I’m riding north on a road maybe three feet wide, sprinkled with sheep, bordered with heather to the right and a steep drop to a burn on the left. You might think the M25 requires concentration – right now, that would be peanuts compared to this rural ribbon. Wisely, my sister has opted to follow me. She gets to dodge the sheep that I’ve disturbed with my triple Triumph heartbeat. I get to dodge the local farmers in their cars, slingshotting the corners with gay abandon. In a National Trust garden, you might think it a cycle path – and criticise its narrowness as ungenerous to wheelchair users. Here in Scotland, it’s the road to Innerwick, and 40 points for the War Memorial to the Men of Glen Lyon. It’s my biggest challenge this trip – not quite a road of bones, but a road of baas.
We started with a panic and ended with a puncture. I like to start my trips at sparrowfart, when the sun is newly minted and the roads belong to me. I find it far too stressful to start at mid-day, which is where a promise to a friend to cover her Saturday morning commitments left me. The problem with being flustered is that I choose to make progress rather than stop and fill up when I know I should – when the trip counter is hovering around the 100 mile mark and I pass a petrol station on the wrong side of the road. No, I think. Too much of a faff to stop now. I’ll press on and there’s bound to be another chance before I get onto the motorway. Except that there isn’t, and I’m coasting along the motorway craning my neck for a glimpse of the Humber Bridge, where I know there’s a Jet station and a Little Chef. I spot it, but it’s tiny and a very long, long way away. I pray to the gods of fuel-air mixture, tuck in behind the Norbert Dentressangle lorry in hope of a tow and rein back to 56, which must be the most fuel-efficient speed as it’s the one they quote in all the ads. And we scrape in on fumes. Hurrah!
Overnighting at the Beverley YHA, I find myself surrounded by lycra-clad cyclists. They like museli for breakfast. I leave them to it and head off in search of my bikers reward – fried, scrambled and toasted – and find it with a view of Robin Hood Bay on the outskirts of Scarborough. Because it’s a sunny Sunday, the power rangers are blasting up and down with their race pipes – I nod cheerfully but with inner condemnation for annoying everyone within 20 miles, they ignore me for not having matching bike and leathers. But I have a quest! and soon I turn right off the main road and head for the coast – Jaw Bones Corner, Bempton. And RBR rule 3 comes into full play – it may be a road that normally sees two tractors and a german cyclist in the course of a week, but the minute you get a camera and a sign out, it’s rush hour. This remains true for the other 5 landmarks in the bag today, my favourite of which is the Loraine Cross, next to which someone has kindly built a craft centre and cafe. The bloke selling woolly socks is missing a trick, he has shepherds socks, ramblers socks and wellington socks, but looks bemused when I ask for a pair of motorcycle socks. He would have had a good year!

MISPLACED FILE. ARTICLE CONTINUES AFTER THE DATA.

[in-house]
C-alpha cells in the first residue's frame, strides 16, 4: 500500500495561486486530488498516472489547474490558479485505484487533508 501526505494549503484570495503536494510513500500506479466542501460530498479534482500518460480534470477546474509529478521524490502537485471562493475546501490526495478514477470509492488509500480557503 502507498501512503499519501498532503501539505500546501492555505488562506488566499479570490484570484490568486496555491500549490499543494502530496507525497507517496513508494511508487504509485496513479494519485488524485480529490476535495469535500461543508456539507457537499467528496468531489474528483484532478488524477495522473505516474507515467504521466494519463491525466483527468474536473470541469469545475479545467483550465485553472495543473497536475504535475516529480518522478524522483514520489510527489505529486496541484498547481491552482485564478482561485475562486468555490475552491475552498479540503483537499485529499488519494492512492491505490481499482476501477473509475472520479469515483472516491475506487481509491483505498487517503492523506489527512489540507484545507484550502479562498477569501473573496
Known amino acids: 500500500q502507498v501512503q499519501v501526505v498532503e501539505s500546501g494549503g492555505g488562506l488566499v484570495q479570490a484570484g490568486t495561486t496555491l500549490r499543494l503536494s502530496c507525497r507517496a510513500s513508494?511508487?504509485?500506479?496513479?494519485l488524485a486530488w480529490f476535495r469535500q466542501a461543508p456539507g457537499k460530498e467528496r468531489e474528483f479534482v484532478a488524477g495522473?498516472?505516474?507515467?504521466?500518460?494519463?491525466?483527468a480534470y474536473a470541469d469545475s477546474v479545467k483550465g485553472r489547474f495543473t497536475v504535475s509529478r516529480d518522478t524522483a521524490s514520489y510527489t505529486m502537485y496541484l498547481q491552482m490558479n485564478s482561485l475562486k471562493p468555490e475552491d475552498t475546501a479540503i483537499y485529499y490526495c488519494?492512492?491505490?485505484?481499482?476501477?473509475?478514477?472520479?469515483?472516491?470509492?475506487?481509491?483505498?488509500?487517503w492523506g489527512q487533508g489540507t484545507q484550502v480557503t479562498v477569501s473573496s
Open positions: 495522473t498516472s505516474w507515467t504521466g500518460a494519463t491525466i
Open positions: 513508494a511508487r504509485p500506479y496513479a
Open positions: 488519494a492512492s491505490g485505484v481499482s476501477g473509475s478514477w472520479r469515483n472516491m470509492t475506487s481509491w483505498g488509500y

Bank Holiday Monday also starts blue and clear – the Bank Holiday Drizzler is obviously not yet a Scottish tradition. I am joined by my sister and we head for the Isle of Whithorn via the Hizzy cairn. Hizzy’s memorial is in a beautiful spot, but it is still a sad reminder of a life cut brutally short. We are all pagans now, it seems, the cairn garlanded with gold chains, gifts and letters from pilgrims who have come to pay their tributes. The Rhinos at Lincluden look enigmatic, perched on a rusting container and staring out across the concrete Dumfries savannah. Heading towards Whithorn, we meet Scottish Hospitality at its Bank Holiday Best – “2 coffees please” “We’re closed.” At 3.30 on a bank holiday? You must be kidding! I must have looked particularly distressed as the young guy behind the counter smuggled 2 paper cups outside and let us sit on the bench out front – which only served to lure other hopeful thirsty tourists to pull in and try their luck. I forced payment on a proprietor desperately trying to lock the door and we headed down to Wigtown, where the B & B I booked on the internet looked like it had followed the cofffee shop’s example and quit for the weekend. In some trepidation we pushed on down to the very bottom tip of Scotland – the Celtic saints certainly knew how to pick a splendid view for their self-build, St Ninian is said to have chosen a spot where he could see 5 kingdoms – Wales, Ireland, Scotland, Man, and the Kingdom of Heaven.
The internet is a marvellous thing but it does lull you into a false sense of security. The hotel’s website promised an in-house bookshop (Wigtown is Scotland’s equivalent of Hay on Wye – but with rather fewer restaurants); a bistro; and wonderful views of the bay. None of these things manifested themselves during our stay – the boundlessly enthusiastic new proprietor hadn’t got her restaurant certificates yet so it was Bed; and we were in the top floor with Velux windows offering a fine view of the sky. But there was a big bath, 2 fluffy bathrobes and slippers, which is all 2 girly bikers need of an evening. And the moon was so bright it cast a moonshadow, which I have never seen before, being an urban girl. Very exciting!
Our luck with the weather ran out for the return leg from the West Coast – the Kingdom of Heaven fell rather closer to the road than previously, and once again I ended up soaked to the pants because of my refusal to concede that yes, it is actually raining and yes, I should stop and put my troosers on. We squelched into the Moffat Woollen Mill – on the brink of closing at 5.30pm – and dried ourselves out under the hand driers. When we came out, the sky was blue, the sun was shining and we came home along the A708 Cappercleugh road, manifest proof that on the 7th day God wasn’t resting, she was out on her trailie carving the curves into the Borders.